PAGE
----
News
 International
   Global Views
   Asia-Pacific
   America
   Europe
   Middle East & Africa
 National
 Embassy News
 Arts & Living
 Business
 Travel & Hotel
 Medical Tourism New
 Taekwondo
 Media
 Letters to Editor
 Photo Gallery
 Cartoons/Comics/Humor
 News Media Link
 TV Schedule Link
 News English
 Life
 Hospitals & Clinics
 Flea Market
 Moving & Packaging
 Religious Service
 Korean Classes
 Korean Weather
 Housing
 Real Estate
 Home Stay
 Room Mate
 Job
 English Teaching
 Translation/Writing
 Job Offered/Wanted
 Business
 Hotel Lounge
 Foreign Exchanges
 Korean Stock
 Business Center
 PR & Ads
 Entertainment
 Arts & Performances
 Restaurants & Bars
 Tour & Travel
 Shopping Guide
 Community
 Foreign Missions
 Community Groups
 PenPal/Friendship
 Volunteers
 Foreign Workers
 Useful Services
 ST Banner Exchange
  Asia-Pacific
No More Genocide!
Victims of the Armenia-Azerbaijan conflict

The Armenia-Azerbaijan conflict is the oldest ongoing conflict in the post-Soviet area. While the root causes of the conflict lie in the centuries-long Armenian historical territorial claims against Azerbaijan, in early 1988 Armenian started aggressive actions against Azerbaijan to implement the long-standing plan to unilaterally secede Nagorno-Karabakh from Azerbaijan and annex it to Armenia. In late 1991 and early 1992, armed hostilities and Armenian attacks on Azerbaijan intensified.

Khojaly, a town in the Nagorno-Karabakh region with a total area of 940 square kilometers and a population before the conflict of 7,000, Azerbaijanis, became the target of Armenian armed forces. From October 1991, Khojaly town was gradually surrounded by the armed forces of Armenia. Over the night of the 25 to 26 February 1992, following massive artillery bombardment of Khojaly, the assault on the town began from various directions. As a result of which, the armed forces of Armenia, with the help of the infantry guards regiment No. 366 of the former Union of Soviet Socialist Republics (USSR), implemented the seizure of Khojaly. Invaders destroyed Khojaly and with particular brutality implemented carnage over its peaceful population. As a result, 613 civilians were killed, including 106 women, 63 children and 70 elderly. Another 1,000 people were wounded and 1,275 taken hostage. To this day, 150 people from Khojaly remain missing. The intentional slaughter of the civilians in Khojaly was directed at their mass extermination only because they were Azerbaijanis.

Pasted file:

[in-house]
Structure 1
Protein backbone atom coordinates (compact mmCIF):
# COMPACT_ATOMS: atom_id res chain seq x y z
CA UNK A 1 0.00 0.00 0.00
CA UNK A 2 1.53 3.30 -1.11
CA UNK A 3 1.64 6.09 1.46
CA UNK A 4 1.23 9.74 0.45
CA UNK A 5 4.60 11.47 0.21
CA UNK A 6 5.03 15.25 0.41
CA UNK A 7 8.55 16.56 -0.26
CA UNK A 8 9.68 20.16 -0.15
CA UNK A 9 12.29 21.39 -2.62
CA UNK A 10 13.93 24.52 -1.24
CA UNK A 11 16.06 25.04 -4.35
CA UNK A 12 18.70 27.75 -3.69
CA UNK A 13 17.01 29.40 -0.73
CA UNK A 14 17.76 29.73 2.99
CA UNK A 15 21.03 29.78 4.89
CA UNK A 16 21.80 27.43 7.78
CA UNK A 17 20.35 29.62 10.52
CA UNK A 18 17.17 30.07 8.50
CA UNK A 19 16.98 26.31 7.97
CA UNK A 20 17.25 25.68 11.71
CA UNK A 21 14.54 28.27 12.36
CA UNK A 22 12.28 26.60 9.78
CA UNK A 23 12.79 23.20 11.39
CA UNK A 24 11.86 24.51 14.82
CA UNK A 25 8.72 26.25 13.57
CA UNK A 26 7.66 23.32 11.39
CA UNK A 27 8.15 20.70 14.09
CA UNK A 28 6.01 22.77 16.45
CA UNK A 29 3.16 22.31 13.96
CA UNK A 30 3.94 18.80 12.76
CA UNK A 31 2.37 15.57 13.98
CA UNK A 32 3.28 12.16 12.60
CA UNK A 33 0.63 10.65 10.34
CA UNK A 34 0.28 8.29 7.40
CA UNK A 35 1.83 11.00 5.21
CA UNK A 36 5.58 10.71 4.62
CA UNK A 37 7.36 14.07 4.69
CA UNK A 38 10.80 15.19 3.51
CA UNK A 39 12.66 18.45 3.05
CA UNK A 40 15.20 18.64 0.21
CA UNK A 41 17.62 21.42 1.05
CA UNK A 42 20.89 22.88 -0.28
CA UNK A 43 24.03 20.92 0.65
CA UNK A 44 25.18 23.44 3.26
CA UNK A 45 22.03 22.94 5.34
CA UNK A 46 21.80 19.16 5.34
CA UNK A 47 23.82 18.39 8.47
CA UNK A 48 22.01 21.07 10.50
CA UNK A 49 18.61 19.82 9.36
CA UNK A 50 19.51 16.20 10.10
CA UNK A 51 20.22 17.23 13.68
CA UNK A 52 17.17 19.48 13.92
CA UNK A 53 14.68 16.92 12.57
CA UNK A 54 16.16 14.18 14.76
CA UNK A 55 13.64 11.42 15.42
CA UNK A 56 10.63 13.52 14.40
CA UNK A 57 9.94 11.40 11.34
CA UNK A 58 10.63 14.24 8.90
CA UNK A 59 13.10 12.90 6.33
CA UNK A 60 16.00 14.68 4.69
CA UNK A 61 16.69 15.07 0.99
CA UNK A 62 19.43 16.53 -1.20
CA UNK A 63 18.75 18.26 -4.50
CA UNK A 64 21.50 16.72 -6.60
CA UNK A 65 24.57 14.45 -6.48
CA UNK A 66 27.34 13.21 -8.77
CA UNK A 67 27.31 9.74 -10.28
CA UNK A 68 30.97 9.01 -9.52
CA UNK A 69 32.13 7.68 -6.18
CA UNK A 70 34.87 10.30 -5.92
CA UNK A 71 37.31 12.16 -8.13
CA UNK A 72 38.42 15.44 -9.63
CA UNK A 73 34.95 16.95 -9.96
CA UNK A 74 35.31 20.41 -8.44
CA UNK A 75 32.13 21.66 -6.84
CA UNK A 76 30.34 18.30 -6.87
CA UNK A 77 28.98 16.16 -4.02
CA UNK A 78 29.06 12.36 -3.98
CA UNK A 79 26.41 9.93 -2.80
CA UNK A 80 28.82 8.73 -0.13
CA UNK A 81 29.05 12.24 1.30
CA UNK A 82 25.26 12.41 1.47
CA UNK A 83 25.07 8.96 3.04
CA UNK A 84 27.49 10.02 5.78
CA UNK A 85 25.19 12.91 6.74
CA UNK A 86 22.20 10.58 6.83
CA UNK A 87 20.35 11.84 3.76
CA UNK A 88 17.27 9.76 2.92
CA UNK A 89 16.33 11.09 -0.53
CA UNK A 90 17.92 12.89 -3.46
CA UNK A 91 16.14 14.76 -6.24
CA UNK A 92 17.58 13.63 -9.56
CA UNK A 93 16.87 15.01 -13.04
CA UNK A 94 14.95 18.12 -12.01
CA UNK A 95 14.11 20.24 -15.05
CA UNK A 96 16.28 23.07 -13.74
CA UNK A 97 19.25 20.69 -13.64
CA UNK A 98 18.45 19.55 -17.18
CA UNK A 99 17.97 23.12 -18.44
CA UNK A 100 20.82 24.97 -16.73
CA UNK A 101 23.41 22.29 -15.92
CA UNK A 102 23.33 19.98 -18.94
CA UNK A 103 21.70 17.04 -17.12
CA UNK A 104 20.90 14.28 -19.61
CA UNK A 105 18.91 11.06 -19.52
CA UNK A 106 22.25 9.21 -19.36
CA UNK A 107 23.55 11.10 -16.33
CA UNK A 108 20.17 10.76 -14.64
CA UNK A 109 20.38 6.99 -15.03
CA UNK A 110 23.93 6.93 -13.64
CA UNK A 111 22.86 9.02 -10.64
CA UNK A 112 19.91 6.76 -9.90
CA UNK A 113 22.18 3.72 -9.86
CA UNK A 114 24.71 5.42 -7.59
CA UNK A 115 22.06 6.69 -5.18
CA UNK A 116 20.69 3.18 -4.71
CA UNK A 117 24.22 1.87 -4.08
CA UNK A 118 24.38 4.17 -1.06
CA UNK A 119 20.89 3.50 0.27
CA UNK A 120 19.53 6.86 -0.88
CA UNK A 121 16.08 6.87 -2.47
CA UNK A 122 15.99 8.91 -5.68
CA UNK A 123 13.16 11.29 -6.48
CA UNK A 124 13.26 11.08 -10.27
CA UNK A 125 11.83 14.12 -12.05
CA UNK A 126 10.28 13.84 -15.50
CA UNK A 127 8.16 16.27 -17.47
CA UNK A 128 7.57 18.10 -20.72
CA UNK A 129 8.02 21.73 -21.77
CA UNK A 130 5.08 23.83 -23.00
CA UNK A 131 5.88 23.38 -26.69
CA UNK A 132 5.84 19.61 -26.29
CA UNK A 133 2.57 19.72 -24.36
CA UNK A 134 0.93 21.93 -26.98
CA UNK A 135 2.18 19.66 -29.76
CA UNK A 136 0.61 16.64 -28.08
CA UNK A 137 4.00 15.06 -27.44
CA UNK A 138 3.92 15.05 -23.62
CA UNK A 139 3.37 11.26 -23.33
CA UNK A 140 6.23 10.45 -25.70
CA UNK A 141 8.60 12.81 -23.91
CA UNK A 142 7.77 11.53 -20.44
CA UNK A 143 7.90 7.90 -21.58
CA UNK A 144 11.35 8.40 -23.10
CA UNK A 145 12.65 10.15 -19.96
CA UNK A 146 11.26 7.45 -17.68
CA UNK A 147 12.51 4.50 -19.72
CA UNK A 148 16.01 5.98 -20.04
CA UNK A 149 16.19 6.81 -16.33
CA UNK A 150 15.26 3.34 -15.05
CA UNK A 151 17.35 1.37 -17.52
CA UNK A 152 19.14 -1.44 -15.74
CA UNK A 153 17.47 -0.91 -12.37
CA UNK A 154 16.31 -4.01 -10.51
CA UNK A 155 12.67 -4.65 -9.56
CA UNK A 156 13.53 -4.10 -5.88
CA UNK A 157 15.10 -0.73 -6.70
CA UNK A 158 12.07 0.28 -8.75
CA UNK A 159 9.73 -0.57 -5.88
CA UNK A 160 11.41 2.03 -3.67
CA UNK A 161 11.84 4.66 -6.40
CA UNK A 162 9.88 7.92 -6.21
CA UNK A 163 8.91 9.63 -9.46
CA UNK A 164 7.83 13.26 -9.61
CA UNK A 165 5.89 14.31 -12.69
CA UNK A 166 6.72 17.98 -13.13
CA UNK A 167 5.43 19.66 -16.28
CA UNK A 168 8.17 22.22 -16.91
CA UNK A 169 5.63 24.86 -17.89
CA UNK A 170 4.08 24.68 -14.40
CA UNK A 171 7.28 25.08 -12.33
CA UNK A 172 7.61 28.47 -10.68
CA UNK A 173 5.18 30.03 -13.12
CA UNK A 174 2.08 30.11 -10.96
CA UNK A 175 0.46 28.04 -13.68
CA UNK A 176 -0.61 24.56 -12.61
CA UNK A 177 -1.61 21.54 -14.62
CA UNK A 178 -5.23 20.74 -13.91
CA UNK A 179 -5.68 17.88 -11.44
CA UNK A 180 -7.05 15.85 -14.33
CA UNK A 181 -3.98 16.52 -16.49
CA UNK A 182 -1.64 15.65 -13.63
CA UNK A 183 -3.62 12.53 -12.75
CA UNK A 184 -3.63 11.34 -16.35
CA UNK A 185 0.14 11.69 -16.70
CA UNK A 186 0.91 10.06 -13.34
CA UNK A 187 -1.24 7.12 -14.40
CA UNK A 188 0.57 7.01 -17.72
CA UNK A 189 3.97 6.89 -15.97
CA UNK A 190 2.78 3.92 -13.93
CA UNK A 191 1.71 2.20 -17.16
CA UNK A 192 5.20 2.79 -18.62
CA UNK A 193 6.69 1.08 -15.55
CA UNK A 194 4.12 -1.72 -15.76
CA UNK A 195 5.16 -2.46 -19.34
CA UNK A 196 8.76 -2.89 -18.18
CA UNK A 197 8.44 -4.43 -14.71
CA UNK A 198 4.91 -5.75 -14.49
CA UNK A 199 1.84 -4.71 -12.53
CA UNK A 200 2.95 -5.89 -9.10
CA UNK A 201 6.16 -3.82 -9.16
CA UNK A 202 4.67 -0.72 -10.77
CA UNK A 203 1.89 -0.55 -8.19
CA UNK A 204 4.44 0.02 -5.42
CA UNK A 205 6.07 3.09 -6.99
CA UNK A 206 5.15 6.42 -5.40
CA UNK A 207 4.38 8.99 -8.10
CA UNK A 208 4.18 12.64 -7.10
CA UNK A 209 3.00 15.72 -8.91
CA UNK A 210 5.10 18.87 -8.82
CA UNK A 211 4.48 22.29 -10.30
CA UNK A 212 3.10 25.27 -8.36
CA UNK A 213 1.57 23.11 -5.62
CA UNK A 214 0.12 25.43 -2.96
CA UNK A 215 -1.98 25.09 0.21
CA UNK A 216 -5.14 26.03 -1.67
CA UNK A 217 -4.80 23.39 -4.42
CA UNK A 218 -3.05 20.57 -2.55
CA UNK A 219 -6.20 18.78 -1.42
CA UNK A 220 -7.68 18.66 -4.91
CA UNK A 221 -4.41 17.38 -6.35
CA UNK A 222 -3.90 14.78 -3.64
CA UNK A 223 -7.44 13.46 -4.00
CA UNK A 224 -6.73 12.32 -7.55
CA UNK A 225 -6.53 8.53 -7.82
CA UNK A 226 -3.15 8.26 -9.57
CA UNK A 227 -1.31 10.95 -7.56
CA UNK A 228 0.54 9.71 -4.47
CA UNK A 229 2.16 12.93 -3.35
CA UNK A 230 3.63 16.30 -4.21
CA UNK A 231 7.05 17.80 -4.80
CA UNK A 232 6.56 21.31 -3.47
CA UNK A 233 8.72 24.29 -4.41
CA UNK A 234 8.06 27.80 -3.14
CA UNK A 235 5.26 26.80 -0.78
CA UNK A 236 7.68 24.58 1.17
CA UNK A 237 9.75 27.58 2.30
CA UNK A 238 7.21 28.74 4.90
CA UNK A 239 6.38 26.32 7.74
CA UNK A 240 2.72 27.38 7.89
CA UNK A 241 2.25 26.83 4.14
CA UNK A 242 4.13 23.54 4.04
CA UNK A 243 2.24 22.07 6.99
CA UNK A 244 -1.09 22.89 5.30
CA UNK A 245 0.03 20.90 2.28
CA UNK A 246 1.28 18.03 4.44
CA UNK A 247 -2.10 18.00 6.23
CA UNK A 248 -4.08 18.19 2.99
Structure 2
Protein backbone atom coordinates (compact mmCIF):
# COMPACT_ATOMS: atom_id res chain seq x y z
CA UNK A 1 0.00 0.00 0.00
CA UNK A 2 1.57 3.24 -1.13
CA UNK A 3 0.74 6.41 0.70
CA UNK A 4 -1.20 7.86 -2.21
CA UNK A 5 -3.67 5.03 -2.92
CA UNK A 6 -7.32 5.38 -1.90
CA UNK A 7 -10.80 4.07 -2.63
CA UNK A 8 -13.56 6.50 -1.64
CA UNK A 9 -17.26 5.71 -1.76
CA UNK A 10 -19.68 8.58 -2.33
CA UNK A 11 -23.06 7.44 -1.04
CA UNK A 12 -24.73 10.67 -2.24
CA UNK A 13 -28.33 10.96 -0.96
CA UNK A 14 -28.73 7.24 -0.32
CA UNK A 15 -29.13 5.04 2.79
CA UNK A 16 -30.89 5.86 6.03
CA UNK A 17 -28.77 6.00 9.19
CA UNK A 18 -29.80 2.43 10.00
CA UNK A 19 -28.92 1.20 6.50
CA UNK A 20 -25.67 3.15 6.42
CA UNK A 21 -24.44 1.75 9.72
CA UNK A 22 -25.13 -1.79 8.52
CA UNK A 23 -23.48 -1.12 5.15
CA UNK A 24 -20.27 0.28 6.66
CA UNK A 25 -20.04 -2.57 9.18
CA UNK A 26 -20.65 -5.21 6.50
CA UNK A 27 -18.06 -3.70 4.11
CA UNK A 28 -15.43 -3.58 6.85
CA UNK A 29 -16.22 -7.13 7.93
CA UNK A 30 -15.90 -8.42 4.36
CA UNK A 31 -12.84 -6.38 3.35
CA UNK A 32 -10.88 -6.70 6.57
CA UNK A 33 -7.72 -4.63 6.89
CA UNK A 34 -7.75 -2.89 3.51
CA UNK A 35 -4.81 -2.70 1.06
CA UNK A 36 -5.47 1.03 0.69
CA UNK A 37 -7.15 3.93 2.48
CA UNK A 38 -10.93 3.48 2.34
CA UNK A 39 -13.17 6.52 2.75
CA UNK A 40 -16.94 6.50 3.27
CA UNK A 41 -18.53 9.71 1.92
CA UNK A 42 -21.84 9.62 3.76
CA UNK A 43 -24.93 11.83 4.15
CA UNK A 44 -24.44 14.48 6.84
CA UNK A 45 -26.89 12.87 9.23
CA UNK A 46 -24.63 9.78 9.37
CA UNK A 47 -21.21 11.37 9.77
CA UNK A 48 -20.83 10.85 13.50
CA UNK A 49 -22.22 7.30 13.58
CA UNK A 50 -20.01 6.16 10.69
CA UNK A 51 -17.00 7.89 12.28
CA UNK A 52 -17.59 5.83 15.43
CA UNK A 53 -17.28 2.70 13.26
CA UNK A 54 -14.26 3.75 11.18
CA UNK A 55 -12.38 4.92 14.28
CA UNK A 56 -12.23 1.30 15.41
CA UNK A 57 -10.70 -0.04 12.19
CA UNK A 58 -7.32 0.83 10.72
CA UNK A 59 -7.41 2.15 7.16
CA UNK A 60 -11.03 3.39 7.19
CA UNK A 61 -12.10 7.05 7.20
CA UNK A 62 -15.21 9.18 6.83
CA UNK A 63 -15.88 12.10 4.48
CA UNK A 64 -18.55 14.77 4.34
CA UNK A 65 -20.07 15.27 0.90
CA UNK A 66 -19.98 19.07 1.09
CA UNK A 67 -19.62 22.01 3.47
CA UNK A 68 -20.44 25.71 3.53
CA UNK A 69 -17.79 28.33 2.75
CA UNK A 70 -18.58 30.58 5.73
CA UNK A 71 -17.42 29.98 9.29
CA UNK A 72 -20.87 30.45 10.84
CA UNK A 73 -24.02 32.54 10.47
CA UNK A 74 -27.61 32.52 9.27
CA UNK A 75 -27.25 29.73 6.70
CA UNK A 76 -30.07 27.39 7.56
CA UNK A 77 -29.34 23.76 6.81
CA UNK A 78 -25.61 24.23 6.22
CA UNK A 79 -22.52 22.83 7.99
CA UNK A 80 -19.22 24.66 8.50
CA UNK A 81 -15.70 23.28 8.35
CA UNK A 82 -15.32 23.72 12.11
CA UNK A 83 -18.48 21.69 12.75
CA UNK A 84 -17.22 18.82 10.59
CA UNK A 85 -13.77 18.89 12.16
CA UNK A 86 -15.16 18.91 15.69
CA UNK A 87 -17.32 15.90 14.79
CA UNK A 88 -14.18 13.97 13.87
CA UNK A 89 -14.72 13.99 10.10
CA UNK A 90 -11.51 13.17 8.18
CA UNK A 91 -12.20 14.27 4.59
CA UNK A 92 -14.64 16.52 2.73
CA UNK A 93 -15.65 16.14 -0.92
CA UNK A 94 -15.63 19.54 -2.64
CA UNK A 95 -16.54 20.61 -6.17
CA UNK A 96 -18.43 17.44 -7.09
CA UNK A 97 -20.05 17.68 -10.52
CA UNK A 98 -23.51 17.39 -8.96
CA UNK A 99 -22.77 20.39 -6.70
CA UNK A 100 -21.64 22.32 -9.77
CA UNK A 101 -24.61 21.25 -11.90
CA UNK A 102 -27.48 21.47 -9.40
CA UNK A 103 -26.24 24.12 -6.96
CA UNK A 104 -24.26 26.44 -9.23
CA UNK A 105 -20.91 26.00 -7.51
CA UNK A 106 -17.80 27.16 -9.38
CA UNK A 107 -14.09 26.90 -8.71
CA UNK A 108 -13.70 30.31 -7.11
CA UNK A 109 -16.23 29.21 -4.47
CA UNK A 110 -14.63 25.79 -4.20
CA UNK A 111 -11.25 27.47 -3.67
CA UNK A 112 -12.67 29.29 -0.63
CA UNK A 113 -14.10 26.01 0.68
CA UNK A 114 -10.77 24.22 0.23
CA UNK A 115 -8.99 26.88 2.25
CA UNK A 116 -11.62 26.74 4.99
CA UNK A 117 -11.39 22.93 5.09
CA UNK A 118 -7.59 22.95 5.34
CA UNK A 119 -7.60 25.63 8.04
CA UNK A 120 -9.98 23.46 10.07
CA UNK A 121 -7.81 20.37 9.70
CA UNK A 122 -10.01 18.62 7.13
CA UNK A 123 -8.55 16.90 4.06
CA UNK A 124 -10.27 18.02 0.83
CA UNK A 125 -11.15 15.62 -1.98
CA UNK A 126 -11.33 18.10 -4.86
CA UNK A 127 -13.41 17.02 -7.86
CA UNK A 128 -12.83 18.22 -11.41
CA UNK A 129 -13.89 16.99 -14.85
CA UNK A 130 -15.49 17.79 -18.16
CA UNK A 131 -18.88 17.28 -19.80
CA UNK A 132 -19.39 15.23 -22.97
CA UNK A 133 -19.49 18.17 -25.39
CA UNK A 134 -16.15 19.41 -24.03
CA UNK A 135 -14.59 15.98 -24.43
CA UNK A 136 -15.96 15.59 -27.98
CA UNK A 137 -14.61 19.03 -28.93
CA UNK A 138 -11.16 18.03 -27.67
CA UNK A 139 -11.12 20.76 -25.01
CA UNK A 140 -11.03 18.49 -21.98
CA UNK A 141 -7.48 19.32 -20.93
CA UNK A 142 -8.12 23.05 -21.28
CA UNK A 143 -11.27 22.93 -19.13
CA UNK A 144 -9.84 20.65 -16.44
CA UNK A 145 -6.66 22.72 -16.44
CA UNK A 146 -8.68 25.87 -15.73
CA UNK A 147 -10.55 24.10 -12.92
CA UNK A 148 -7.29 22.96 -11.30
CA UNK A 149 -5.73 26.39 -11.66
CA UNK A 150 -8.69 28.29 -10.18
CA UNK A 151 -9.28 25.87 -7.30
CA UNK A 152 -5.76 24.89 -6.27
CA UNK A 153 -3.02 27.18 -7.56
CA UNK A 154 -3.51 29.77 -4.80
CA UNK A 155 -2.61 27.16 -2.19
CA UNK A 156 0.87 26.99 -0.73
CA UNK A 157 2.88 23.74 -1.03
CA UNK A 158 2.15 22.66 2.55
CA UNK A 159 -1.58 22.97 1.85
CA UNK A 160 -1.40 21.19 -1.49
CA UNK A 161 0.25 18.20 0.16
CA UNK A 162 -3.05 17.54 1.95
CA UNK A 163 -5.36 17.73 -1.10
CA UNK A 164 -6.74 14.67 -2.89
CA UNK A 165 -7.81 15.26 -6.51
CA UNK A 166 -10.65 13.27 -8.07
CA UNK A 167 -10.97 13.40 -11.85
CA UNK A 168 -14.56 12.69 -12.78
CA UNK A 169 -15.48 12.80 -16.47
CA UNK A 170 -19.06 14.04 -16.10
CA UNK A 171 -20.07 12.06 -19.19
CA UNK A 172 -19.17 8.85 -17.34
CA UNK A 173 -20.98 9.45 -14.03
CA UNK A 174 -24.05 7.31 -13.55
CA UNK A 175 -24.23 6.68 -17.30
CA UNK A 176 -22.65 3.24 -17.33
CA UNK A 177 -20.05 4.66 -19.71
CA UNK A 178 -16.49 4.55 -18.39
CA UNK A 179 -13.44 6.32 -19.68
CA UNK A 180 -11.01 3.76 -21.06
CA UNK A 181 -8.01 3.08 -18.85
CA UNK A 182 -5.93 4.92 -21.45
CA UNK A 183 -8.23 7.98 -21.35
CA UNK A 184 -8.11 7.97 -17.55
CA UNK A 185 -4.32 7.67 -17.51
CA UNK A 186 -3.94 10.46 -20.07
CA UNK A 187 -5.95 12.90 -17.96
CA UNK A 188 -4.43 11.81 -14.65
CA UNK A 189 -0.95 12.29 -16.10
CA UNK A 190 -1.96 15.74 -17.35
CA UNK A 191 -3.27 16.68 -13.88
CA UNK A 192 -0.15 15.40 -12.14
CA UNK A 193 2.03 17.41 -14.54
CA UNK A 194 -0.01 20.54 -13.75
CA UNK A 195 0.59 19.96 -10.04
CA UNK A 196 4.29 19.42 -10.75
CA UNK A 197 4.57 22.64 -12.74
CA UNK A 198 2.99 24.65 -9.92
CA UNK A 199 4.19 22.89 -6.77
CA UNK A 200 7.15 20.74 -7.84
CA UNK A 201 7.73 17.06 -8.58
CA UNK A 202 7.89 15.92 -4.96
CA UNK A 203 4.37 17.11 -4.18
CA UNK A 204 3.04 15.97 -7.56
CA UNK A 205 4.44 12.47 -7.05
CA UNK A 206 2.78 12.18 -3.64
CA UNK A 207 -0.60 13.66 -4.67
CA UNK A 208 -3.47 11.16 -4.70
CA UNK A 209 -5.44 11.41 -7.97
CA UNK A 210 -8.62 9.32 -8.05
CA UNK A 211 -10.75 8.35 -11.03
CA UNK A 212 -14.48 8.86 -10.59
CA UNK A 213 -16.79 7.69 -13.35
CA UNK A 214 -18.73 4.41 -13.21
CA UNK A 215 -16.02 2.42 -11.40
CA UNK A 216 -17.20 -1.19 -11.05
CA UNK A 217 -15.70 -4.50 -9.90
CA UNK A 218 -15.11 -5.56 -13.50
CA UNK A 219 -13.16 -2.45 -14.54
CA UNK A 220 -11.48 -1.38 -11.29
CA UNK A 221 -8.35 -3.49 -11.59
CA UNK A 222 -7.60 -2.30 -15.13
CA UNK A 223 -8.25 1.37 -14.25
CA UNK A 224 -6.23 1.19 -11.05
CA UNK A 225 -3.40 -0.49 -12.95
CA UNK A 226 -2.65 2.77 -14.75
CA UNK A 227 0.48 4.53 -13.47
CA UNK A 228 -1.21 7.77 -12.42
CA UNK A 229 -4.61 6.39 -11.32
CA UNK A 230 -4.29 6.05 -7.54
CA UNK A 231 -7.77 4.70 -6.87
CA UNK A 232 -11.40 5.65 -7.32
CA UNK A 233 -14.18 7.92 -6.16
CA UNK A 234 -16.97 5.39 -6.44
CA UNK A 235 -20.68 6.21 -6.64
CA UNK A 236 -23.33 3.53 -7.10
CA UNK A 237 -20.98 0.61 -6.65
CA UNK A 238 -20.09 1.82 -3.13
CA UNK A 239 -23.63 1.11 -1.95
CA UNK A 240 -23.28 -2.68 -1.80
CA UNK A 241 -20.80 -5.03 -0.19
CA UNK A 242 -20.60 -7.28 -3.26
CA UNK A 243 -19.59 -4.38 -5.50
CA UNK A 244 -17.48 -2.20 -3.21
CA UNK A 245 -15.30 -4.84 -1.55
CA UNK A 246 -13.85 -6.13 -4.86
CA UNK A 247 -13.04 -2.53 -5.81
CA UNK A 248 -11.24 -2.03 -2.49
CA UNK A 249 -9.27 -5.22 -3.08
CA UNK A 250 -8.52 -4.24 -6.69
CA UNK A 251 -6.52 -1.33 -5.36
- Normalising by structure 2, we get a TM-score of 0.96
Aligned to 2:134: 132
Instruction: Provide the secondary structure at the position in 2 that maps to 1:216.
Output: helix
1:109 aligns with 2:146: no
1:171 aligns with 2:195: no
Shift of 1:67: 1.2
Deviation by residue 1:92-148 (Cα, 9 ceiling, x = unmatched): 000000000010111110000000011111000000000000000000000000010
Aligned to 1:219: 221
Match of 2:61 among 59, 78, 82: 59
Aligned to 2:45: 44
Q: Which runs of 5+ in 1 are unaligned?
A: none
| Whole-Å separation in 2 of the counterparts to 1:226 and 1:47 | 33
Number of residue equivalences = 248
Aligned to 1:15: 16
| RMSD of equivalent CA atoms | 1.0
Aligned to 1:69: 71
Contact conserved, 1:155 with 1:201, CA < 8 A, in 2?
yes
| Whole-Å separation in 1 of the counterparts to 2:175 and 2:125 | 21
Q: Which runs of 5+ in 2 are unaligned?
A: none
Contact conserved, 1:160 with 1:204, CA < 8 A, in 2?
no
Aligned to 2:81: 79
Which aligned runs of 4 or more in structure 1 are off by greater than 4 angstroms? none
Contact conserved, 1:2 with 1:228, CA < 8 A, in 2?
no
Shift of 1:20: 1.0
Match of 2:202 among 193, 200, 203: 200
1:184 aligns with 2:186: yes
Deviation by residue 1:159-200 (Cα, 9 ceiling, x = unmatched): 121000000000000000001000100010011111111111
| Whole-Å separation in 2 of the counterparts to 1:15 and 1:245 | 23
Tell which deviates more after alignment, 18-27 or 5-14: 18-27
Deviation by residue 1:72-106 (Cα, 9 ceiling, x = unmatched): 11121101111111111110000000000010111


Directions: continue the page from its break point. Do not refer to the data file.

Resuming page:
The mass killing, scalping, beheading, bayoneting of pregnant women and mutilation of bodies by the armed forces of Armenia in Khojaly are fundamentally well documented by the law enforcement agencies of the Republic of Azerbaijan, numerous independent sources, including Armenian ones, local and international media and eyewitnesses of this tragedy.
In his cynical admission of culpability, Armenia’s then-Defense Minister and former President, Serzh Sargsyan, was quoted by the British journalist Thomas de Waal, as saying, “before Khojaly, the Azerbaijanis thought that ... the Armenians were people who could not raise their hands against the civilian population. We were able to break that … [stereotype]” (Thomas de Waal, Black Garden: Armenia and Azerbaijan through Peace and War (New York and London, New York University Press, 2003), p.172)).

The overall assessment of the causes and consequences of the war unleashed by Armenia against Azerbaijan makes it absolutely clear that the intentional slaughter of the civilians was not an isolated or sporadic act, but was part of Armenia’s widespread and systematic policy of notorious ethnic cleansing and practice of atrocities.